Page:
Matthaus, Jurgen, Ed. Approaching an Auschwitz Survivor: Holocaust Testimony and Its Transformations

By Uneke, Okori | International Social Science Review, Spring-Summer 2010 | Go to article overview

Matthaus, Jurgen, Ed. Approaching an Auschwitz Survivor: Holocaust Testimony and Its Transformations


Uneke, Okori, International Social Science Review


Matthaus, Jurgen, ed. Approaching an Auschwitz Survivor: Holocaust Testimony and Its Transformations. New York: Oxford University Press, 2009. 211 pages. Cloth, $74.00.

Given that Holocaust survivors' stories have been commemorated in novels, plays, and motion pictures, the title of this book may seem, at face value, very familiar. But Approaching an Auschwitz Survivor adopts a distinctive tone and approach in providing narratives about the journey to concentration camps, unbearable camp lives, and death marches. The editor, Jurgen Matthaus, together with four other Holocaust scholars-Konrad Kwiet, Nechama Tec, Atina Grossman, and Wendy Lower--devote their analyses to the testimony of one Holocaust survivor, Helen "Zippi' Tichauer (nee Spitzer). Zippi, as she preferred to be called, was born 1918 in Bratislava and was one of the first 2,000 young, unmarried Jewish women transported to Auschwitz in March 1942 from Slovakia. Spending two and a half years in the camp, she was not only one of the few early arrivals to survive the camp and the death marches, but also still able, through her testimony, to remember crucial aspects of daily camp life. Based on her experience, she is uniquely qualified, even obligated, to bear witness to the horrors of Auschwitz.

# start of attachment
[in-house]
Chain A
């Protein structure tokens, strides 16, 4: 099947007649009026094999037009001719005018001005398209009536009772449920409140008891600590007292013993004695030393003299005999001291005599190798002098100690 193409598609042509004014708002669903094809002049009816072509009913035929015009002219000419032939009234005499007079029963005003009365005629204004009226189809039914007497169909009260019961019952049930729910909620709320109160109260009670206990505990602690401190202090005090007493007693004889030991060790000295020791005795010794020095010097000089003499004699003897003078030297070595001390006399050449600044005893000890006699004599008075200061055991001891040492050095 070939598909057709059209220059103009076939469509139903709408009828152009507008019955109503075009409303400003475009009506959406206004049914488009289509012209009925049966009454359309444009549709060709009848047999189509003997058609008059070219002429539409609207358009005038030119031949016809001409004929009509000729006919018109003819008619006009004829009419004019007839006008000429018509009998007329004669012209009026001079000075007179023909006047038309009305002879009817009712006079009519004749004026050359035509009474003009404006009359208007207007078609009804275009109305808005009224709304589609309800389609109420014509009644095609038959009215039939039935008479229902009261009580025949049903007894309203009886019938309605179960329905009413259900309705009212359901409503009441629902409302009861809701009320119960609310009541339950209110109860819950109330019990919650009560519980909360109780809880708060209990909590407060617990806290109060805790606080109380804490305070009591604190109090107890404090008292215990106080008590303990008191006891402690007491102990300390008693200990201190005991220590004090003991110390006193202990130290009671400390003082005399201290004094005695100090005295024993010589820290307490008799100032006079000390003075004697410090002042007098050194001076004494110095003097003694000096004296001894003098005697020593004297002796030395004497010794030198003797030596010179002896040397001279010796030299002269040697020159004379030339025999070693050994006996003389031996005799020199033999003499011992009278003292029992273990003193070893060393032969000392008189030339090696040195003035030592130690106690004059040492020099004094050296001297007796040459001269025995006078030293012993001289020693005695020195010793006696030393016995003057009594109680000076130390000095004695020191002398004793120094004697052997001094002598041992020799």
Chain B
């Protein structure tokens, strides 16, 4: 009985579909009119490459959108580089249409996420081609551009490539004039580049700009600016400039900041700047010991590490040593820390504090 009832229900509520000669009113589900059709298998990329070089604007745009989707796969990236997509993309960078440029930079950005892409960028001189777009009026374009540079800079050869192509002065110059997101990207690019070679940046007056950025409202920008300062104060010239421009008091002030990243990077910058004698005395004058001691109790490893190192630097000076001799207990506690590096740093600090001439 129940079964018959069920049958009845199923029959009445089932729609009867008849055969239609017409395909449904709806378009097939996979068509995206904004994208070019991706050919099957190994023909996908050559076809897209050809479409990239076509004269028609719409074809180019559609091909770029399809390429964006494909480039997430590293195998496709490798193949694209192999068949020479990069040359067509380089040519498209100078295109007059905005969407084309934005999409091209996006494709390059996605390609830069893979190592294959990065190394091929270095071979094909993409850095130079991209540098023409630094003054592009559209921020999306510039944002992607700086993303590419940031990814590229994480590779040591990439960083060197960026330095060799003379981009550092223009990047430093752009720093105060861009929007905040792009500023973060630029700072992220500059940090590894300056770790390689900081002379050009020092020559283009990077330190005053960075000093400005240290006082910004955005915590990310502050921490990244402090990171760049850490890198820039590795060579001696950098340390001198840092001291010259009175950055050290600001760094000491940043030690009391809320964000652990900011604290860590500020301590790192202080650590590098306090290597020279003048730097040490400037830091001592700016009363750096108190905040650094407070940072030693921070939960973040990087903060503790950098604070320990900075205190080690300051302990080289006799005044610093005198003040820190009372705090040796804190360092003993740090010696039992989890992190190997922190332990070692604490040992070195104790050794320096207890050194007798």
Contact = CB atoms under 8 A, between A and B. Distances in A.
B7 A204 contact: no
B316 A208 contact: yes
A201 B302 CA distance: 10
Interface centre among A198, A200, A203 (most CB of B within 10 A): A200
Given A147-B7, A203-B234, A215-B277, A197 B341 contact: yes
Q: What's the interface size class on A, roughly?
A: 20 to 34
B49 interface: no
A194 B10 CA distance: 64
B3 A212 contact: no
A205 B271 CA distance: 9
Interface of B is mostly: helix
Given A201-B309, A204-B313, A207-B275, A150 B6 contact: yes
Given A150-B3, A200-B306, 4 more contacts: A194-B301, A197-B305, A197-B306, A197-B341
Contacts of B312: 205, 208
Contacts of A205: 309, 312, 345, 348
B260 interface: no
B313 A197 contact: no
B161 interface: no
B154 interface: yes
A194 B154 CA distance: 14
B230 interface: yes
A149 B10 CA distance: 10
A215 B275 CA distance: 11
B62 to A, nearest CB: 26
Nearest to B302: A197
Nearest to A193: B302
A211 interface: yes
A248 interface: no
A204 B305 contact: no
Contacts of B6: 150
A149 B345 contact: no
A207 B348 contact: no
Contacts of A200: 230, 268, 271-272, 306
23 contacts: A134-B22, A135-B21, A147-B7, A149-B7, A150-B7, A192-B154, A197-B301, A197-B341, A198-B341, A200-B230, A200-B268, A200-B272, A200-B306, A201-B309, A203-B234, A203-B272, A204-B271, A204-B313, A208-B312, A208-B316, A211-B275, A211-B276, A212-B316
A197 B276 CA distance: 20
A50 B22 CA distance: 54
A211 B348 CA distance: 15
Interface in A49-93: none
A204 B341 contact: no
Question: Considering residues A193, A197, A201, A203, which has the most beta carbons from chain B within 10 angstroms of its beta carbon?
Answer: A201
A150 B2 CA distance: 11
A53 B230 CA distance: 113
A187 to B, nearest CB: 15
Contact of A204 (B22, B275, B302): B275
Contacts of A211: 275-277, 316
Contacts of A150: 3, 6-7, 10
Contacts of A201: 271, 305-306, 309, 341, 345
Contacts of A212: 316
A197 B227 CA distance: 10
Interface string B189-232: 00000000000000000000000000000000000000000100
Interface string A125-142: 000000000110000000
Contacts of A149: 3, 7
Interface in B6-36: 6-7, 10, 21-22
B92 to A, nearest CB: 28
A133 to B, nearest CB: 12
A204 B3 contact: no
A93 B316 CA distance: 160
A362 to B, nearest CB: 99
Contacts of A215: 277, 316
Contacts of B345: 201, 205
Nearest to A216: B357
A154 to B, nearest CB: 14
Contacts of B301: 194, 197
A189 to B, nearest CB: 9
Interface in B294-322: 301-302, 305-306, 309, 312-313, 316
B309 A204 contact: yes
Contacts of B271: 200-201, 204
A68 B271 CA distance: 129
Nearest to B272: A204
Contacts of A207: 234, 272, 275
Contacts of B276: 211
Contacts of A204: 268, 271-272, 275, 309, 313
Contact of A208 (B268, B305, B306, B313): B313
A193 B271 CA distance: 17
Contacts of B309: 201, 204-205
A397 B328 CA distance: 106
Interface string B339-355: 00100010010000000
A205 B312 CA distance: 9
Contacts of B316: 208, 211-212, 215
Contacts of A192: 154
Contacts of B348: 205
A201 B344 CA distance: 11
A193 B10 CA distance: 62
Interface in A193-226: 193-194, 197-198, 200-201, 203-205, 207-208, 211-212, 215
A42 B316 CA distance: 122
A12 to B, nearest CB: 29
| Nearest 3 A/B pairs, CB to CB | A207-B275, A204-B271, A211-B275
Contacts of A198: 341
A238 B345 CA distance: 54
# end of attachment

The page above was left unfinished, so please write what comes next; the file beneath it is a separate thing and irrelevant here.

The book comprises five chapters, each written by one of the five contributing historians, and a conclusion. In the first chapter, "Designing Survival: A Graphic Artist in Birknau," Kwiet examines perhaps the most important aspect of Zippi's testimony. With her proficiency in German and educational training in graphic design, she was entrusted with the registration of new arrivals and the labeling of uniforms of inmates. Nazi officials used the colored triangle (Winkel) on the uniforms of new arrivals as an effective device in all concentration camps to monitor and control the prisoners by creating a hierarchy and divisions among the inmates. Nazi designated color-coding indicates "red for political prisoners, green for 'criminals,' purple for Jehovah's Witnesses, black for prostitutes and other social outcasts, black or brown for Sinti and Roma, blue for 'emigrants'" (p. 17). Although camp life for the rank and file was humiliating, dehumanizing, and even deadly, Zippi was lucky to belong to the camp elite; she never wore an armband and was privileged to receive preferential treatment in terms of better dress, food, and housing.

In "Recapturing the Past: Individuality and Cooperation in Auschwitz" (Chapter 2), Tec explores the wartime history of Zippi, highlighting her childhood, life for Jews in German-occupied Slovakia, and her ability to navigate a delicate balance in Auschwitz-Birknau between submission to SS orders and her offers to help various resistance groups and/or individuals. Although Zippi denies being a resister, her history and testimony indicates a close connection to individuals who belonged to resistance groups.

In "Displacing Memory" (Chapter 3), Matthaus analyzes Zippi's first documented account of her wartime life story, based on a 1946 interview in a Displaced Persons (DP) camp in Feldafing, Germany, she granted David Boder, a psychology professor at the Illinois Institute of Technology. Boder's interview was part of a project designed to record the wartime memories of DPs.

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